Starwatch: Saturn is the late-night telescope king
Since 1989, there have been nearly 3,500 confirmed extrasolar planets orbiting other stars, just in our immediate vicinity — our vast home galaxy, the Milky Way.
There are also nearly 5,000 possible planets discovered that haven’t been officially confirmed. On top of all that, since 2010 nearly 600 other solar systems have been confirmed.
We certainly haven’t been able to see any of these planets with much detail because of the vast distances, but that day may come. In the meantime, it’s hard to imagine a planet much more beautiful than our Earth. Second place, in my opinion, is Saturn, which is now joining Jupiter in our early evening skies. Unfortunately, early evening this time of year is a bit of an oxymoron for stargazing because of the late sunsets and twilights of the year.
Without a doubt, my absolute favorite telescope target since I was a kid has been Saturn. Even through a small telescope that gives you a really tiny image of Saturn you can see its ring system. That was a real thrill for me way back when, and now that that I’m blessed to own much larger telescopes, Saturn is over the top!
Even more fun for me is being able to show Saturn off over many years to hundreds and hundreds of folks at my astronomy programs, especially the kids. I never ever get tired of hearing excited reactions.
If you’ve never seen Saturn through any telescope, now is the time. This month, Earth and Saturn are at what astronomers call opposition, their closest approach to each other for 2017. This year Earth and Saturn are separated by just under 840 million miles.
Opposition occurs when the Earth, in its orbit around the sun, finds itself in a line between the sun and Saturn. This happens every 378 days or so, just over a year. As you can see in the diagram, it takes just over a year for this alignment to happen because in the year it takes our Earth to orbit the sun Saturn only moves about 1/29th of its orbital distance around the sun because of its much larger and slower orbit. It takes the Earth about two more weeks to once again be between Saturn and the sun.
Another great thing about viewing Saturn at opposition is that it’s available all night long, rising at sunset and setting at sunrise, just like a full moon.
So just as evening twilight is ending, look for the brightest “star” you can see in the very low south-southeastern Rochester sky. That’s Saturn! You can try to get a close look at it with your telescope then, but you’ll probably be disappointed because it’ll look really fuzzy. That’s because when you observe any celestial object when it’s low in the sky you have to look though more of Earth’s blurring atmospheric shell than you do when the target is higher, so my advice is to make a late-night viewing party for Saturn, and I mean really late, like after midnight.
What’s also a real bummer this summer is that even after midnight Saturn will still probably be a little blurry depending on humidity, wind, and other atmospheric conditions. Because of where it is among the background stars this year, Saturn is not going to get all that high, not much more than 20 degrees above the southern horizon at best. Unfortunately that’s the celestial card dealt to us this year.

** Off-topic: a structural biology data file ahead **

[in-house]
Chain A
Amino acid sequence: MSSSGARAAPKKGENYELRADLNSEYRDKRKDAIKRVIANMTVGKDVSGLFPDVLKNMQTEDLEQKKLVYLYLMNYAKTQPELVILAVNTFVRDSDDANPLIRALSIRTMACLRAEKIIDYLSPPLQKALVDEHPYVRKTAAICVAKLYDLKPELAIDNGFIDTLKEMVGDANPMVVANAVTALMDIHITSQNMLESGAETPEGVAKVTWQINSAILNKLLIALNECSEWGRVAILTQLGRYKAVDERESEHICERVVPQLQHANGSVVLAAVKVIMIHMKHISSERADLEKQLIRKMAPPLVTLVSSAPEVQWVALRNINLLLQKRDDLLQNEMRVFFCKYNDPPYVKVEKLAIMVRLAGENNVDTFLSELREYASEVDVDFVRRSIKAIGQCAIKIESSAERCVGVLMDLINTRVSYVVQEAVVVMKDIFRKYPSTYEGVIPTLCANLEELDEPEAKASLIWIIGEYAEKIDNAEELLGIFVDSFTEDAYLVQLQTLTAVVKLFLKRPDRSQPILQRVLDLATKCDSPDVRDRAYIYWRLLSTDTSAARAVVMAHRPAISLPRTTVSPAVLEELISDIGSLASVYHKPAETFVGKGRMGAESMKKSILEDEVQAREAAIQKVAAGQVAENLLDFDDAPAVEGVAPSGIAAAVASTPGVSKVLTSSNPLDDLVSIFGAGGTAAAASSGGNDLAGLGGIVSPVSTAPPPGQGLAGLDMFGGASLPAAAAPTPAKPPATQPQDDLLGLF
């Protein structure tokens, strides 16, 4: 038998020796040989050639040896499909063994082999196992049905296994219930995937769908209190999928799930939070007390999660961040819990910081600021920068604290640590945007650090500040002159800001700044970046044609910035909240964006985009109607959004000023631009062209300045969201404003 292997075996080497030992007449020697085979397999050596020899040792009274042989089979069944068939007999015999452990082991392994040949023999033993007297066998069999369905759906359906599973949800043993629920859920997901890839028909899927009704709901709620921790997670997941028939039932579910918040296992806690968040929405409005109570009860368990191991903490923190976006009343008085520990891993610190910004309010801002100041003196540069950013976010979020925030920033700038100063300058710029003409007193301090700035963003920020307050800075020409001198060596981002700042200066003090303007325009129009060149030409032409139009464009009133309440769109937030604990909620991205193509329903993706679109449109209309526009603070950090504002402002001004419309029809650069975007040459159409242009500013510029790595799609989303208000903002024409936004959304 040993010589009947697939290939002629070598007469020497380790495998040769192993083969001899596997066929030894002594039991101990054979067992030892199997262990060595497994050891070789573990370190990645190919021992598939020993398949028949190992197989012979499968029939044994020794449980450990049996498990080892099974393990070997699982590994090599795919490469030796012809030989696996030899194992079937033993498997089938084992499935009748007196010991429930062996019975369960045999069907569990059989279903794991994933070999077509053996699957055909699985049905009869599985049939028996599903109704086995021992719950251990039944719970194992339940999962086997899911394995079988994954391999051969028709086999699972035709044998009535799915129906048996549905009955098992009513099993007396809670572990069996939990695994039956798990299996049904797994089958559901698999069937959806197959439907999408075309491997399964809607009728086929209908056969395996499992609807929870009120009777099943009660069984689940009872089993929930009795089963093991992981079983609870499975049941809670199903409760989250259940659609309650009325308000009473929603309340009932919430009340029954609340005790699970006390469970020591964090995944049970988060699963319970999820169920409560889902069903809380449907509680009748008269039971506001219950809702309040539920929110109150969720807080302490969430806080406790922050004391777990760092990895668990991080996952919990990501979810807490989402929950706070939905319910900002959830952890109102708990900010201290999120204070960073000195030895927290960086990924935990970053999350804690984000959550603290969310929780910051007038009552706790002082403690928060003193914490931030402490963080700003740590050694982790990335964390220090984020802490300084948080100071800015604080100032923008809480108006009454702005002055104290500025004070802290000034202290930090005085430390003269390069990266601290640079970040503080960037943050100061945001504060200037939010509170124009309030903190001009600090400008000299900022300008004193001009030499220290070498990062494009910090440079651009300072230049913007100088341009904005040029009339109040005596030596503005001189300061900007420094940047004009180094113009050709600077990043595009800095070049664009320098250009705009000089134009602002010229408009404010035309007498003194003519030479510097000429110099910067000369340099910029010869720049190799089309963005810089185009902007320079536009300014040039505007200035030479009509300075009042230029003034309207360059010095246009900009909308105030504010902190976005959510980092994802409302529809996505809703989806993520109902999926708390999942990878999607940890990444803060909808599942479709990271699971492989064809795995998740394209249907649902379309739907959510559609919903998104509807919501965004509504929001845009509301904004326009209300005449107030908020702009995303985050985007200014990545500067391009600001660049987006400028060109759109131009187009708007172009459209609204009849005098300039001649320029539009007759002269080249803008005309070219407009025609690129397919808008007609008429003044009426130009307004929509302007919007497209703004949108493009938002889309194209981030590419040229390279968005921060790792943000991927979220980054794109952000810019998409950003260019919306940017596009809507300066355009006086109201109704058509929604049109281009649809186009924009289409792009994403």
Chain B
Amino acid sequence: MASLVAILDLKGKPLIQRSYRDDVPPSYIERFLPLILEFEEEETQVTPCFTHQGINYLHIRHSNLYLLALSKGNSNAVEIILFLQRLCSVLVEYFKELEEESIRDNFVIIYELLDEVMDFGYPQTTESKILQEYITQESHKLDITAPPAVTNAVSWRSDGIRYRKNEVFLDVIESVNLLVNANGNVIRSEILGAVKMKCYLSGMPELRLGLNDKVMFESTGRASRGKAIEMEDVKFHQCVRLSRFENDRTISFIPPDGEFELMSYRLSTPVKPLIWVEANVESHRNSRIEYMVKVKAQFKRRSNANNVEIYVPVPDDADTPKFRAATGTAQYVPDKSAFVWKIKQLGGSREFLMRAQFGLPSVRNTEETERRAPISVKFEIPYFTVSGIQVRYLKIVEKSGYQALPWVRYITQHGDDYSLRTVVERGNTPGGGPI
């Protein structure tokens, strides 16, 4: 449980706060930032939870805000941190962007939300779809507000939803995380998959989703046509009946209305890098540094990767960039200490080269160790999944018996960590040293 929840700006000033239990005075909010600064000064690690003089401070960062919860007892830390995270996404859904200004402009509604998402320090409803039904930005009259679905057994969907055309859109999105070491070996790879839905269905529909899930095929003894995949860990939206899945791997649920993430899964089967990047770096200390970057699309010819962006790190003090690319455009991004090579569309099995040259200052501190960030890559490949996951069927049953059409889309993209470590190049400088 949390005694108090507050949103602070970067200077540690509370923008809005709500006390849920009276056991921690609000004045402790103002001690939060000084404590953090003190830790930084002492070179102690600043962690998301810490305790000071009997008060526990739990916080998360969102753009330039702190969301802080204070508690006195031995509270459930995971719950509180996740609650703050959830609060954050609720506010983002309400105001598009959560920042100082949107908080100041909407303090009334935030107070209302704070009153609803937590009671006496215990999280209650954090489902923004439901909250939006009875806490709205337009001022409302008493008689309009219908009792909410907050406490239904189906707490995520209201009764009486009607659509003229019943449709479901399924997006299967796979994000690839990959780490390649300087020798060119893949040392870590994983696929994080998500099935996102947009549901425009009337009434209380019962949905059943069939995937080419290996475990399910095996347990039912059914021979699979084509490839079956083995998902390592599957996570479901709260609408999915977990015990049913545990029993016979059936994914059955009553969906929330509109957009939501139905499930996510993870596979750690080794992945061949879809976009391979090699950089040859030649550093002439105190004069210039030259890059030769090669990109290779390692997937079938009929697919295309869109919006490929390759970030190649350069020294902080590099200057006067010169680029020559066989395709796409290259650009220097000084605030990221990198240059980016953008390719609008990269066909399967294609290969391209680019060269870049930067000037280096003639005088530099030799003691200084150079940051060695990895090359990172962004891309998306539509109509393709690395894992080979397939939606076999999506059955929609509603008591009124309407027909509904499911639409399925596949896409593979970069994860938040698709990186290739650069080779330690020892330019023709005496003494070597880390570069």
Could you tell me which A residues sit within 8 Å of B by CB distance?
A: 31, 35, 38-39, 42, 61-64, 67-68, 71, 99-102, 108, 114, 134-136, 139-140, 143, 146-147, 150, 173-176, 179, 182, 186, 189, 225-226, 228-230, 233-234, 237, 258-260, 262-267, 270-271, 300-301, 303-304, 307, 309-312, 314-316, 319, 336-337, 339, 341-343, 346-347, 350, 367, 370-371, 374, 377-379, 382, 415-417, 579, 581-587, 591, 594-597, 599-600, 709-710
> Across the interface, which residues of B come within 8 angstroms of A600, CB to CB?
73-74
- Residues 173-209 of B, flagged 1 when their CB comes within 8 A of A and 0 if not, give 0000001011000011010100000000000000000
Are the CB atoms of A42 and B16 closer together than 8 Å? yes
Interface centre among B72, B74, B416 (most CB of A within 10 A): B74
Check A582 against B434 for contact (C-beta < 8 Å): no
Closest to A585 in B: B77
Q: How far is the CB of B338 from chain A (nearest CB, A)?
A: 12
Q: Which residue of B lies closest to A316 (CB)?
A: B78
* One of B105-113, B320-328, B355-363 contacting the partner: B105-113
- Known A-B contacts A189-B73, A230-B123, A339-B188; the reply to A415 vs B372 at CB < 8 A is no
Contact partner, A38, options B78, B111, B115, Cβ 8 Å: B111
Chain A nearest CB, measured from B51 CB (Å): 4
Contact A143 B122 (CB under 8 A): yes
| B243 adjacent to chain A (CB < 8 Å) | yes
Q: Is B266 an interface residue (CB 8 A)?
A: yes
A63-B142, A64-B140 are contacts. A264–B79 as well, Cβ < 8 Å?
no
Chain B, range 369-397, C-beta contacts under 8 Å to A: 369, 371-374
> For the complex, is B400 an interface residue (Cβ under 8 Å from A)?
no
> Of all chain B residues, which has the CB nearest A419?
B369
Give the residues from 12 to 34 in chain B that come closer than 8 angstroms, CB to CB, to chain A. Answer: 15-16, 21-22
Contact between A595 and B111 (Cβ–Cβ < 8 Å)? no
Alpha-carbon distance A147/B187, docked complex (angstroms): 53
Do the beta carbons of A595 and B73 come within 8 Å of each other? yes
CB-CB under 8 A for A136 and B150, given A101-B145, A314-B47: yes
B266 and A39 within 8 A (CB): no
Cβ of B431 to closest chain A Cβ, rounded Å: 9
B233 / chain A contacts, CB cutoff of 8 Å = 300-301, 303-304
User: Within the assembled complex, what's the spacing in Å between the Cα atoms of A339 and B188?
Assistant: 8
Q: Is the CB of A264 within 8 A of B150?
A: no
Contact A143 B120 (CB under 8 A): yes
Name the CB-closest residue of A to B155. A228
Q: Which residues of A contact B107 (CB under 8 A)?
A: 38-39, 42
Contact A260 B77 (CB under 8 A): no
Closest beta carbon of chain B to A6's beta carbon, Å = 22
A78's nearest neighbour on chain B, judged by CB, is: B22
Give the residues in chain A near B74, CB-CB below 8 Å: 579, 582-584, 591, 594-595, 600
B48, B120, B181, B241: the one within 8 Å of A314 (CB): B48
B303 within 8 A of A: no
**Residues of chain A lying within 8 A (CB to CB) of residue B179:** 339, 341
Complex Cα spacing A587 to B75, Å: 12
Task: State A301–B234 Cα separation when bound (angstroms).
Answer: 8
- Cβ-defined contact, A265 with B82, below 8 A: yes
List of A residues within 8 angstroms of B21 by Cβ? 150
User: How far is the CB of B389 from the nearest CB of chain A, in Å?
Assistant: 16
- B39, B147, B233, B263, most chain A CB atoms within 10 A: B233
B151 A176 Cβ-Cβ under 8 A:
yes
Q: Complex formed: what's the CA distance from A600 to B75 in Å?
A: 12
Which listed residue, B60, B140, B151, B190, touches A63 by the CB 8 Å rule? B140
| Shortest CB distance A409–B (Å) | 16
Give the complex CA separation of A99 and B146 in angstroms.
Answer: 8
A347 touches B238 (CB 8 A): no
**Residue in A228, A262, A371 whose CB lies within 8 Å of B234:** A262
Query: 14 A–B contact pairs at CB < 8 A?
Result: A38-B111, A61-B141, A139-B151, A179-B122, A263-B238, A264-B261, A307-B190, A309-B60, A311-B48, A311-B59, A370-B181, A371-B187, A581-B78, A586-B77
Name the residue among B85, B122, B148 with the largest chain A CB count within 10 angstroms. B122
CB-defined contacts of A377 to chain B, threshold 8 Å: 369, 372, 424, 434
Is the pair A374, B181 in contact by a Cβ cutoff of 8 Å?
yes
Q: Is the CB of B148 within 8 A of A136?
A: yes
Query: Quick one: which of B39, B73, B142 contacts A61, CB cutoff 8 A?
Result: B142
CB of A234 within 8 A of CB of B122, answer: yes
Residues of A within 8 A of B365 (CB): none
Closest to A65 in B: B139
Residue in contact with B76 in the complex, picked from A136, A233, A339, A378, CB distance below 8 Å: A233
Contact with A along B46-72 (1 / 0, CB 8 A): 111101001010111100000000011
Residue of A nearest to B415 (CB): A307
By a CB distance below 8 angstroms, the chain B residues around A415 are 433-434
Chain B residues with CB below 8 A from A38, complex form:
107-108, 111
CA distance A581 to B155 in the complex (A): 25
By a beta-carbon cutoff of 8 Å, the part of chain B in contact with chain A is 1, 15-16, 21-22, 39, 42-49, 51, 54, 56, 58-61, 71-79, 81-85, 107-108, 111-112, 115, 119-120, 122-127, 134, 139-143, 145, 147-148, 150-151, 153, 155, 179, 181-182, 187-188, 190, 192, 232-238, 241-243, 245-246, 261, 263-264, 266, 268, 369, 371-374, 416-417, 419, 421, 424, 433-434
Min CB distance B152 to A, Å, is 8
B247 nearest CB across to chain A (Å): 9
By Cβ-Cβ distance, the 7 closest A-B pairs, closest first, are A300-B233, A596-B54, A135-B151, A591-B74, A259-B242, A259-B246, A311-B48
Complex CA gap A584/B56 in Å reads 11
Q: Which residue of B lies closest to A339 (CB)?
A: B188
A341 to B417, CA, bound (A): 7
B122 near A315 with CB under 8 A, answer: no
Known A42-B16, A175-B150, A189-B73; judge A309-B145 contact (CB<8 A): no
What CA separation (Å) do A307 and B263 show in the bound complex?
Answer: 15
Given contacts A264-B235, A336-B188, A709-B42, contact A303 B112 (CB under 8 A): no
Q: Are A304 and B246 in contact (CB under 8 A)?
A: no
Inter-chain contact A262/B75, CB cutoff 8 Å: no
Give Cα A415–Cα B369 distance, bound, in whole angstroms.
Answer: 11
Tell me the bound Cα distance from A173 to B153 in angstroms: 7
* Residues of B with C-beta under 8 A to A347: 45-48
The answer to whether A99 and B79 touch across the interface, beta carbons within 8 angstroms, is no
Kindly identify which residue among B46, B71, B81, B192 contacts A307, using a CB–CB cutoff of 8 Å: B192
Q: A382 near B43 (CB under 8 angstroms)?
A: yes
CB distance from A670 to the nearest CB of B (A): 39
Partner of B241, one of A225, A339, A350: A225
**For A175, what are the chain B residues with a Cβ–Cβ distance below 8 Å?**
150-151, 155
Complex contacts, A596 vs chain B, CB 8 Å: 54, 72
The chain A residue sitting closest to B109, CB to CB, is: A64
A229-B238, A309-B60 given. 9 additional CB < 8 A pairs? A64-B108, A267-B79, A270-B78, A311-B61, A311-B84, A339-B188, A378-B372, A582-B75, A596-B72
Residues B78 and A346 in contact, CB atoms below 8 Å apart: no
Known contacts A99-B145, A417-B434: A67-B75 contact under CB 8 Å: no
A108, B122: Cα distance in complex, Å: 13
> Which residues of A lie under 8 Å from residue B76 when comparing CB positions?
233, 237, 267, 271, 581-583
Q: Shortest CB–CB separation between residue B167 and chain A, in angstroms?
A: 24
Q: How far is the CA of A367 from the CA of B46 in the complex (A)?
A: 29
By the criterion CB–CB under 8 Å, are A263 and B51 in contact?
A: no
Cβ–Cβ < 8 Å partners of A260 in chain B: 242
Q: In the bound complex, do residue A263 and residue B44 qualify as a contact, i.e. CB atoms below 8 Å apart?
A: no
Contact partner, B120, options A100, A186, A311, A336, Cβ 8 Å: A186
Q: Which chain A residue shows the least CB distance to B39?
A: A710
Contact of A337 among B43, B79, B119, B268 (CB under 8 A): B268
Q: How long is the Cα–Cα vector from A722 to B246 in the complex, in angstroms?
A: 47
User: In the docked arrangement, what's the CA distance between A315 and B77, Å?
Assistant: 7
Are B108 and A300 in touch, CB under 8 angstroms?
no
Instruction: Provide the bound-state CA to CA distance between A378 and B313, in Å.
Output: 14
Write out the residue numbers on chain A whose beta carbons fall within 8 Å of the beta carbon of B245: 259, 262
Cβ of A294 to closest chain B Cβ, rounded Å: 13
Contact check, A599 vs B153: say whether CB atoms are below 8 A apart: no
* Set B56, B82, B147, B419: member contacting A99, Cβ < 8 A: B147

But Saturn still worth losing some sleep to check out. Like all the planets beyond Mars in our solar system, it’s basically a ball of hydrogen and helium gas about 75,000 miles in diameter. It’s the second-largest planet in our solar system.
Saturn’s hallmark, though, is its wonderful, intricate ring system that spans a diameter over 175,000 miles, more than half of the distance between Earth and its moon. Amazingly, the ring system is only about 50 feet thick!
The rings are made up of billions and billions of ice covered rocks, from the size of dust grains to more than the size of your house. Most likely these rocks are the pulverized remains of one or two of Saturn’s moons that were ripped apart by the planet’s tremendous tidal forces. As you gaze upon the rings, see if you can spot a black band right in the middle of the system. That gap in the rings is called Cassini’s division, and it is nearly 3,000 miles wide.
What’s really good about observing Saturn this year is that the tilt of Saturn’s ring system is nearly at its maximum to our line of sight, making it really visible to us. In fact, when you glance at Saturn with the naked eye, most of the light you see is sunlight reflecting off all the ice in Saturn’s rings.
Along with Saturn’s rings, it’s also possible even with a small telescope to see some of Saturn’s larger moons, which look like tiny little stars surrounding the planet. The brightest and biggest is Titan, over 3,200 miles in diameter. That’s larger than the planet Mercury!
Enseladus, one of Saturn’s much smaller moons, is a strong candidate for possible life under its surface. The Cassini spacecraft that’s now plunging toward Saturn after an extremely successful 13-year-plus mission exploring around Saturn, has detected geysers of water shooting out of Enseladus.
When you’re viewing Saturn or any other planet with a telescope, it’s important to discipline yourself to take long continuous views through your ‘scope. Your eye needs to adjust to the level of light coming into your ’scope.
Also, because Saturn is such a “low rider” in the night sky this summer, you want to hang in there and keep your eye over that eyepiece long enough to catch at least brief better views of Saturn. If there’s pockets of calmer and clearer air between you and Saturn, you’ll be rewarded persistence for your telescope.
Enjoy Saturn. It’s the best!